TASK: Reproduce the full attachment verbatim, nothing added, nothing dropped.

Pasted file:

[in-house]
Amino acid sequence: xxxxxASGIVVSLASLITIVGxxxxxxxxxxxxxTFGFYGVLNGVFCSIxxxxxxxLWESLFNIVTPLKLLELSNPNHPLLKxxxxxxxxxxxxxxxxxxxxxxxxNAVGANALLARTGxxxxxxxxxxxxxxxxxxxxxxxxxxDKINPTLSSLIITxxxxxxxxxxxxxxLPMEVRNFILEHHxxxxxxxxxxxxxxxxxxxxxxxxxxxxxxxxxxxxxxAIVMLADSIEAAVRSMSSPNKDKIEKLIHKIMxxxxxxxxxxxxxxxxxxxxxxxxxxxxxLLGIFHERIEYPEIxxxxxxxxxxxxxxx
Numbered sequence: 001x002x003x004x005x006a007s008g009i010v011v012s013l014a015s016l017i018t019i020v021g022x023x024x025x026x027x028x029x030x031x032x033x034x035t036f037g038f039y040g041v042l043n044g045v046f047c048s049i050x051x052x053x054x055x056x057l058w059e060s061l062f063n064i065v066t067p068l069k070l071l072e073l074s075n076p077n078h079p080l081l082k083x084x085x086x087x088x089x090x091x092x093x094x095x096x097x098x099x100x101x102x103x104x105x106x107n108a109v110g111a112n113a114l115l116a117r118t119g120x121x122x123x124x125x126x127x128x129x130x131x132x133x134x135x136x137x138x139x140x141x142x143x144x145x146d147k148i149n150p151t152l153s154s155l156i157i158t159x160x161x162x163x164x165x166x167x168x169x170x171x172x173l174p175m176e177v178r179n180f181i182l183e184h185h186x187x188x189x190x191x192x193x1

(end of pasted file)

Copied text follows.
[in-house]
Amino acid sequence: xxxxxASGIVVSLASLITIVGxxxxxxxxxxxxxTFGFYGVLNGVFCSIxxxxxxxLWESLFNIVTPLKLLELSNPNHPLLKxxxxxxxxxxxxxxxxxxxxxxxxNAVGANALLARTGxxxxxxxxxxxxxxxxxxxxxxxxxxDKINPTLSSLIITxxxxxxxxxxxxxxLPMEVRNFILEHHxxxxxxxxxxxxxxxxxxxxxxxxxxxxxxxxxxxxxxAIVMLADSIEAAVRSMSSPNKDKIEKLIHKIMxxxxxxxxxxxxxxxxxxxxxxxxxxxxxLLGIFHERIEYPEIxxxxxxxxxxxxxxx
Numbered sequence: 001x002x003x004x005x006a007s008g009i010v011v012s013l014a015s016l017i018t019i020v021g022x023x024x025x026x027x028x029x030x031x032x033x034x035t036f037g038f039y040g041v042l043n044g045v046f047c048s049i050x051x052x053x054x055x056x057l058w059e060s061l062f063n064i065v066t067p068l069k070l071l072e073l074s075n076p077n078h079p080l081l082k083x084x085x086x087x088x089x090x091x092x093x094x095x096x097x098x099x100x101x102x103x104x105x106x107n108a109v110g111a112n113a114l115l116a117r118t119g120x121x122x123x124x125x126x127x128x129x130x131x132x133x134x135x136x137x138x139x140x141x142x143x144x145x146d147k148i149n150p151t152l153s154s155l156i157i158t159x160x161x162x163x164x165x166x167x168x169x170x171x172x173l174p175m176e177v178r179n180f181i182l183e184h185h186x187x188x189x190x191x192x193x1